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Making news this week: Alice, energy and agrihoods

Making news this week: Alice, energy and agrihoods
Documentation image of the exhibition Transformations - The Art of the Scott Sisters. Image: Stuart Humphreys, Australian Museum
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Anna Rogan
Anna Rogan Tallarook, Victoria
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Making news this week: Alice, energy and agrihoods. Welcome to our newsy newsletter keeping you up to date with regional headlines that matter, plus other delightful things from life beyond the city.

Regional news round-up

Alice emergency

The Northern Territory Government declared a state of emergency in Alice Springs on Wednesday—announcing a two-week curfew for people under 18 and the deployment of an additional 58 police officers and liquor inspectors. The announcement follows a series of violent incidents including an attack on a local pub and a public fight involving 150 people on Tuesday. NT Police Commissioner Michael Murphy said some of the unrest is linked to the death of a local 18-year-old man whose memorial was held earlier in the day (full story). Violent crime is an ongoing challenge for Alice Springs with widespread alcohol abuse, chronic social disadvantage, and intergenerational trauma in Indigenous communities all contributing factors (full story).

Newsletter partner

Helen Kaminski is thrilled to present Sun Chaser. Inspired by languid days spent by the Mediterranean coastline, the Spring Summer ‘24 collection is a vibrant celebration of the season’s intoxicating beauty and a transport to idyllic, sun-soaked moments by the sea.

Discover the collection

Sunny future for Australian energy

Speaking of sun chasing, the former Liddell coal-fired power station in NSW Hunter Valley is set to become a solar power manufacturing hub as part of the $1 billion Solar SunShot program announced by Prime Minister Anthony Albanese on Thursday (full story).

Earlier this month, Federal Opposition Leader Peter Dutton announced his alternative to renewables such as solar power and proposed a nuclear power policy that would include converting coal stations to nuclear reactors (full story), costing as much as $387 billion (full story). The Coalition has previously cited concerns that regional communities will be negatively impacted by the construction of new renewable energy projects and infrastructure (full story). 

More energy news

It was a banner week of energy news as Australia’s largest solar farm opened in outback Qld (full story), Australia’s first carbon-neutral cattle sale took place in Gloucester, NSW (full story), and gas shortages are predicted across Australia’s southern states (full story) even as new gas plants are being built (full story), and a new offshore gas bill was passed (full story).

In the agrihood

Queensland developers are searching for a site to launch Australia's first agricultural neighbourhood in Far North Queensland. The proposed development would incorporate up to four farming operations, including a diverse mix of horticulture and livestock. Arkadian Developments founder Steve Grist said the agrihoods are “redesigning human settlements and reintegrating farms and agriculture back into human living systems". Full story.

Image: Arkadian Developments via ABC News online

Queenslanders can legally access pill testing for the first time at the Rabbits Eat Lettuce festival in Warwick this weekend. The festival will provide onsite testing for substances including MDMA and cocaine, as well as medical staff, and designated safe spaces for drug users. Queensland is also set to become the first state to introduce permanent pill-testing clinics; the first opens in Bowen Hills next month. Full story.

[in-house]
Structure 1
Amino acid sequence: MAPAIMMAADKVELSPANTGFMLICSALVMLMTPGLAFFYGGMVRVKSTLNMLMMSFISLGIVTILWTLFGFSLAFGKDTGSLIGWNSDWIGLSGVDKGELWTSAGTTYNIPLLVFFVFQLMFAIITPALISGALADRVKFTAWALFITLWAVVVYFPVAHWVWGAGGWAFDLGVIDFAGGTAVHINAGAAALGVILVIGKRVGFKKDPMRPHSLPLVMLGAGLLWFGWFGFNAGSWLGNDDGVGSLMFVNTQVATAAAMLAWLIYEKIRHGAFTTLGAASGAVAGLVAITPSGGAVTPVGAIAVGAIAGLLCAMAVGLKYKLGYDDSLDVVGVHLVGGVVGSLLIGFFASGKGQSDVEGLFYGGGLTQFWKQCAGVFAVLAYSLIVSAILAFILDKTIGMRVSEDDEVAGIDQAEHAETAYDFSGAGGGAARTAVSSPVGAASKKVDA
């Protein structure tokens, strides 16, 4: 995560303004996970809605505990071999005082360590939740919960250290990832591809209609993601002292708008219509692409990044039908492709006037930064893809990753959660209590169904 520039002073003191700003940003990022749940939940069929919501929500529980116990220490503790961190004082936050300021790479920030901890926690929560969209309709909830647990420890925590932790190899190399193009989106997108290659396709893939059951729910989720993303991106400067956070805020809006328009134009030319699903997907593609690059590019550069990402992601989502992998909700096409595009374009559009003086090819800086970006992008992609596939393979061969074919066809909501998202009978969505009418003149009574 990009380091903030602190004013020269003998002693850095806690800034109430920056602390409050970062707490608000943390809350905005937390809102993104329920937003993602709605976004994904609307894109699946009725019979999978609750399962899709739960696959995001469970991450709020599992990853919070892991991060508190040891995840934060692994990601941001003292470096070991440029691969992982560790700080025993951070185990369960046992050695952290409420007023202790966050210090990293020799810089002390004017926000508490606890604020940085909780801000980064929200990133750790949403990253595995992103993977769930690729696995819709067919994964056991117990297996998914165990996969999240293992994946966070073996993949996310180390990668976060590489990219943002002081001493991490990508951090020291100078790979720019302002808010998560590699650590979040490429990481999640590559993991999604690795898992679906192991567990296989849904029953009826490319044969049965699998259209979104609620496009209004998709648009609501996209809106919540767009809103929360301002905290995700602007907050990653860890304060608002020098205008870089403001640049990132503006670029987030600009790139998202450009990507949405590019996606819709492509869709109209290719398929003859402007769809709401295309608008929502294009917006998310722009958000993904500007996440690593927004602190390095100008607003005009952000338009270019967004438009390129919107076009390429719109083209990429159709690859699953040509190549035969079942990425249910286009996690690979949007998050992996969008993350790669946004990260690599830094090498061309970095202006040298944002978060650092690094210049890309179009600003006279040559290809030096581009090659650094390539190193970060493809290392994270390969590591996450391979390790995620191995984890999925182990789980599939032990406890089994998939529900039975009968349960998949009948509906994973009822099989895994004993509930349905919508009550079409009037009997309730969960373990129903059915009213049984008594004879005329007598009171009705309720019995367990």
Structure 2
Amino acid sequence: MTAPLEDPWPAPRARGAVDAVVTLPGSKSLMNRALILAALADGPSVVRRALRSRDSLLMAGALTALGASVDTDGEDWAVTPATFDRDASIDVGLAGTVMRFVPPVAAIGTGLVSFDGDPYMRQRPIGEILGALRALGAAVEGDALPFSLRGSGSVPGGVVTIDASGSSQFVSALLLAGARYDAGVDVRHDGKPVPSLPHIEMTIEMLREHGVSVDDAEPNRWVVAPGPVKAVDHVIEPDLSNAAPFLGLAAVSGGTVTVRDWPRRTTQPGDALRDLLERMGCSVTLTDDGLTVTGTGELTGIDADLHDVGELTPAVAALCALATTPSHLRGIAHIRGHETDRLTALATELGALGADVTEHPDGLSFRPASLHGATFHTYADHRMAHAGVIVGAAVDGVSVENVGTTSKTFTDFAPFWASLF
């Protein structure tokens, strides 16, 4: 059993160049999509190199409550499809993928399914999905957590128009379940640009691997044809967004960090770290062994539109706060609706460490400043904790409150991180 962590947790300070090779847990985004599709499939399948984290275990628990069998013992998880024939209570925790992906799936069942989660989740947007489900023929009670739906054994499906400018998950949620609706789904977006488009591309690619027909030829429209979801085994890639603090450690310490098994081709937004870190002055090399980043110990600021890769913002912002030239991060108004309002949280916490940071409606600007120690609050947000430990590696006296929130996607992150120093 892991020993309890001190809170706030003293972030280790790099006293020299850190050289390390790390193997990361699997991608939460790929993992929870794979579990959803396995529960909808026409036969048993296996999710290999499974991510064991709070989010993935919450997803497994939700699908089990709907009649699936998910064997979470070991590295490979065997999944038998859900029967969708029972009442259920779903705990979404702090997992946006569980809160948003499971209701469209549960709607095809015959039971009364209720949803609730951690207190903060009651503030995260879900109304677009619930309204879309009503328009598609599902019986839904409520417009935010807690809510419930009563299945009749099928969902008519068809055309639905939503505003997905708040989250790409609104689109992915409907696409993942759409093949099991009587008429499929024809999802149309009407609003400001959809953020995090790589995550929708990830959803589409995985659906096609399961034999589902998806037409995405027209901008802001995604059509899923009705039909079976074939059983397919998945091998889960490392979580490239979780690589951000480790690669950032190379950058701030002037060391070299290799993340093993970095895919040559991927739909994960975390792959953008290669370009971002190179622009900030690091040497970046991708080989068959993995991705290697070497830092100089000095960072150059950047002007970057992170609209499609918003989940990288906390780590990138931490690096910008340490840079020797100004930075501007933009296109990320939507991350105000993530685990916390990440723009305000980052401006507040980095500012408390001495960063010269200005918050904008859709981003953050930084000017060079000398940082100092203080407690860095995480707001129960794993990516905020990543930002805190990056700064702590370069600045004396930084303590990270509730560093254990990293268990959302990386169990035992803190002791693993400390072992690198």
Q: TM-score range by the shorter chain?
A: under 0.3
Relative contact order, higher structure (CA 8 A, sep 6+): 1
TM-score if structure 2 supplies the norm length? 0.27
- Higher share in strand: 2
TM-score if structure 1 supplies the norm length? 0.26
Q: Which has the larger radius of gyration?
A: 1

Room for men in women-only clubs

At the WA Country Women’s Association's 100th annual conference later this year, the group is set to vote on a proposal allowing membership of men. CWA state chief executive Trish Langdon said "Men won't get a vote in terms of how the organisation is run, it's more of a recognition of their support… the suggestion came from members themselves; it was supported." Full story.

Meanwhile, Tasmania’s civil and administrative tribunal is considering whether Mona’s Ladies Lounge can legally deny entry to men based on their gender after an anti-discrimination complaint was made against the Hobart museum. Following a hearing on Tuesday, Mona’s lawyer, Catherine Scott said, “There is the participatory element of allowing women and denying men… We’re looking at the role that art can play in promoting equal opportunity... by not just experience, but by conversation, and specifically redressing the past exclusion of women.” Full story.

It’s a bird, it’s a plane…

No, it’s a ghost bat aircraft! For the first time in more than 50 years, a military combat aircraft has been designed, developed, and built in Australia. Boeing’s MQ-28 ghost bat aircraft will be manufactured at Wagner Corporation’s Wellcamp Airport in Toowoomba. Wagner chairman, John Wagner said the move “will cement Toowoomba and Wellcamp Business Park as a nucleus for aerospace and defence advanced manufacturing, creating global export opportunities for Australia’s supply chain.” Full story.

This week's newsletter is sponsored by Helen Kaminski

Tell us about it

Kate, an on-the-ground Galah from Gippsland, responded to the supermarket pricing shenanigans in last week’s newsletter: “As a nursery grower, I agree Bunnings should be included in the inquiries!”

Meanwhile, Vince Heffernan of Moorlands Biodynamic Farm told ethical butcher Feather and Bone: “The supermarket paradigm is one governed by profit and competition and the one we inhabit is driven by the goal of holistic well-being. Which isn't to say we don't want to make a fair profit - to run sustainable businesses - but economic profit at any price isn't what drives our businesses… I'll never be as rich as a supermarket executive - if there was a word that described how I live it would be enoughness”. Full story.